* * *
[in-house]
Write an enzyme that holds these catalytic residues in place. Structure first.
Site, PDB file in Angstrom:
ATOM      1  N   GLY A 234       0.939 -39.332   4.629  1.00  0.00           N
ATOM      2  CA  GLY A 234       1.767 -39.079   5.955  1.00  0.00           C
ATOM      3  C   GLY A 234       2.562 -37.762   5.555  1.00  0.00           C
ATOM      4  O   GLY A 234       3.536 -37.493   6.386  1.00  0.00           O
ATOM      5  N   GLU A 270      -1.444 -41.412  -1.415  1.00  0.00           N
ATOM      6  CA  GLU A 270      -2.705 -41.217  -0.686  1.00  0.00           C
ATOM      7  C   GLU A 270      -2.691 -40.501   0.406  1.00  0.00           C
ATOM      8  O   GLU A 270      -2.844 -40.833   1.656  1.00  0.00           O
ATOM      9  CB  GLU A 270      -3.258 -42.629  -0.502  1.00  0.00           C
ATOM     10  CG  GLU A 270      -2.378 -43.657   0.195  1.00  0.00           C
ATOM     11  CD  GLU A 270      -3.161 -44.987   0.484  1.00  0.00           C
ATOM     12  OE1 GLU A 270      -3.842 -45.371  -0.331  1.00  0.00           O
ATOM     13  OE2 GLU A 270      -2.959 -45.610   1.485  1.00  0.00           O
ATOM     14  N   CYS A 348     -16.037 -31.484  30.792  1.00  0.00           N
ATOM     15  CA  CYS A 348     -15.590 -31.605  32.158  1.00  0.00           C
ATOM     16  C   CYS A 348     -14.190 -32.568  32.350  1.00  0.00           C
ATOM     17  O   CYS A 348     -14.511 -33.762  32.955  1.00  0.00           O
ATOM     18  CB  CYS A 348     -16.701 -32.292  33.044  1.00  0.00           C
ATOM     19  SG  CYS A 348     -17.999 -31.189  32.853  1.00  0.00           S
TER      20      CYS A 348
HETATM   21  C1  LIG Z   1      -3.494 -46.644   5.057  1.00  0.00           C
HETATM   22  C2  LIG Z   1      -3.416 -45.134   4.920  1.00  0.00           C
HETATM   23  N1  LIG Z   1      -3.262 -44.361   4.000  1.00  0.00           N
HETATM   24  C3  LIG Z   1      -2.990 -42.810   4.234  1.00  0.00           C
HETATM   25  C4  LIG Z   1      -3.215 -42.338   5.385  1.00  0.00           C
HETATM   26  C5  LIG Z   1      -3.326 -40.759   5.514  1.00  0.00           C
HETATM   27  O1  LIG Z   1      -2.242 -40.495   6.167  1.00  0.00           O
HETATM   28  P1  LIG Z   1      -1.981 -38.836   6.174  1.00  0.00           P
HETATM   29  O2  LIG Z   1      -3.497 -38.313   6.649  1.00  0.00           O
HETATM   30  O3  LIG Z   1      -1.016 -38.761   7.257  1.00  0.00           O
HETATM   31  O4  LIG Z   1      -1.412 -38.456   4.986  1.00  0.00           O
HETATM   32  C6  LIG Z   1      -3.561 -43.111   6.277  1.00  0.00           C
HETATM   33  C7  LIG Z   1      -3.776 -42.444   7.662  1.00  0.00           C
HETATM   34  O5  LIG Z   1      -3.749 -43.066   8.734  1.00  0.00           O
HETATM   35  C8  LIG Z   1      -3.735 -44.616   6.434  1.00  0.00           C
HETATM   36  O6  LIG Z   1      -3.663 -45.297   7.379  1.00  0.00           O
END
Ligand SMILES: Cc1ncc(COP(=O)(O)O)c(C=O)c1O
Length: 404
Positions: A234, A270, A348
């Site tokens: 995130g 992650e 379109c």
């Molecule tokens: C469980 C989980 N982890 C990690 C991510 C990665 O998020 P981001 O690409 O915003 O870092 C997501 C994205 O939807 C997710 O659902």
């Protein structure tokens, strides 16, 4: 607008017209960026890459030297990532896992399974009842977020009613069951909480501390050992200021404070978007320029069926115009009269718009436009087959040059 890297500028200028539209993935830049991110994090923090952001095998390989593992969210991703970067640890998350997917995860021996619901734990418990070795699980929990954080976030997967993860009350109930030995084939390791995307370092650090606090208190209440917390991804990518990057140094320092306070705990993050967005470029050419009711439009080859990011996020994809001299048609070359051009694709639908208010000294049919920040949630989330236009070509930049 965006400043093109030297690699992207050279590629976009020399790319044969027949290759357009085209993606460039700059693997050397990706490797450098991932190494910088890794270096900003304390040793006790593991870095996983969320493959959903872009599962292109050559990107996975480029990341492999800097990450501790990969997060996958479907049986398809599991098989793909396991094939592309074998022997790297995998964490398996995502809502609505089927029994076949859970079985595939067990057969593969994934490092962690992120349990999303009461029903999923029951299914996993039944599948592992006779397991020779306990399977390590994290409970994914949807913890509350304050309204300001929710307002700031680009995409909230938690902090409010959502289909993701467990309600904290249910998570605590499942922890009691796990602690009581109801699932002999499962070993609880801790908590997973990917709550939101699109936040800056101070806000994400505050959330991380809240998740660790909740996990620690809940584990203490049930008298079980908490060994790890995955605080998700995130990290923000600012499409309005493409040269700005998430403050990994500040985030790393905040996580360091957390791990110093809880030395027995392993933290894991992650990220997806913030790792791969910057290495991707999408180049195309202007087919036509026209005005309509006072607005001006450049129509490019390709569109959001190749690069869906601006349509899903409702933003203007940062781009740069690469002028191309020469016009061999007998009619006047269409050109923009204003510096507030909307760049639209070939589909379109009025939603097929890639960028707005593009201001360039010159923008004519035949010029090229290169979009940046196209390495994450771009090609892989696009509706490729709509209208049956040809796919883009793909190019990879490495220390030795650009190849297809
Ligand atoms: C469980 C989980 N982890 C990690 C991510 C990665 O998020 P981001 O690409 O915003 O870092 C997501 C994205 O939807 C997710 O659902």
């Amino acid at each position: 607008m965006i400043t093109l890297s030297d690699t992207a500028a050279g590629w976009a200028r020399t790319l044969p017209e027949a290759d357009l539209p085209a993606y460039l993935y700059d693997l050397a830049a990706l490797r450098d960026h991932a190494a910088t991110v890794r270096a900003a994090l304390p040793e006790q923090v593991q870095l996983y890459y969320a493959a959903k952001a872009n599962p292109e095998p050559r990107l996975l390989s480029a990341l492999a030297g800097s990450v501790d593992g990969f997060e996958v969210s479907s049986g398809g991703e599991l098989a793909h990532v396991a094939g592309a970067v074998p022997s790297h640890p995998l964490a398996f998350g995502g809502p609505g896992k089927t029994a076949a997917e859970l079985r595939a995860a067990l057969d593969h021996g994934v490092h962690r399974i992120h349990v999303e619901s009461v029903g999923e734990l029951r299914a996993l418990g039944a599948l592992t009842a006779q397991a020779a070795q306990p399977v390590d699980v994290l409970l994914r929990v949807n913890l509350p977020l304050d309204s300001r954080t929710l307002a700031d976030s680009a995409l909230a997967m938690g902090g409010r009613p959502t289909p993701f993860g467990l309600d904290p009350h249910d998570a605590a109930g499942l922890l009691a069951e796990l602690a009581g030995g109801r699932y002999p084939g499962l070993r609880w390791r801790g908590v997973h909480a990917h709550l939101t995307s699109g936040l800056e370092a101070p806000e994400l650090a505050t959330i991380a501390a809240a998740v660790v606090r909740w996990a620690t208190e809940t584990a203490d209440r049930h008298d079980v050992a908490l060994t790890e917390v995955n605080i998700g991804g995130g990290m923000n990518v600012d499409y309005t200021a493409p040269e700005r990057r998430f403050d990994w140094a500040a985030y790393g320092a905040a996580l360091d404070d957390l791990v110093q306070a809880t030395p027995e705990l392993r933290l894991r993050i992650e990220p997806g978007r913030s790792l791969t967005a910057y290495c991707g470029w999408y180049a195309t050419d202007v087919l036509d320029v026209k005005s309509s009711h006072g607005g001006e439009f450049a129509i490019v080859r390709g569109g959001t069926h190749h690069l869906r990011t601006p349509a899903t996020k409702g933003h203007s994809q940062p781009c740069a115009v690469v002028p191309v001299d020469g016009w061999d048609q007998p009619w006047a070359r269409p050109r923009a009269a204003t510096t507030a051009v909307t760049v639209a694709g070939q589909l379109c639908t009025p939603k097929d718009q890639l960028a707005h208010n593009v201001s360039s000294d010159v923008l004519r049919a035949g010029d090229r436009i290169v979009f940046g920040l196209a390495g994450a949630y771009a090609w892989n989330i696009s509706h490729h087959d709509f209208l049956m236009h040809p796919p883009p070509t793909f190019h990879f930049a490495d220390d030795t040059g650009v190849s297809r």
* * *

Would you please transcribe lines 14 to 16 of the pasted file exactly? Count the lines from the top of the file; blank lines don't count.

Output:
ATOM     11  CD  GLU A 270      -3.161 -44.987   0.484  1.00  0.00           C
ATOM     12  OE1 GLU A 270      -3.842 -45.371  -0.331  1.00  0.00           O
ATOM     13  OE2 GLU A 270      -2.959 -45.610   1.485  1.00  0.00           O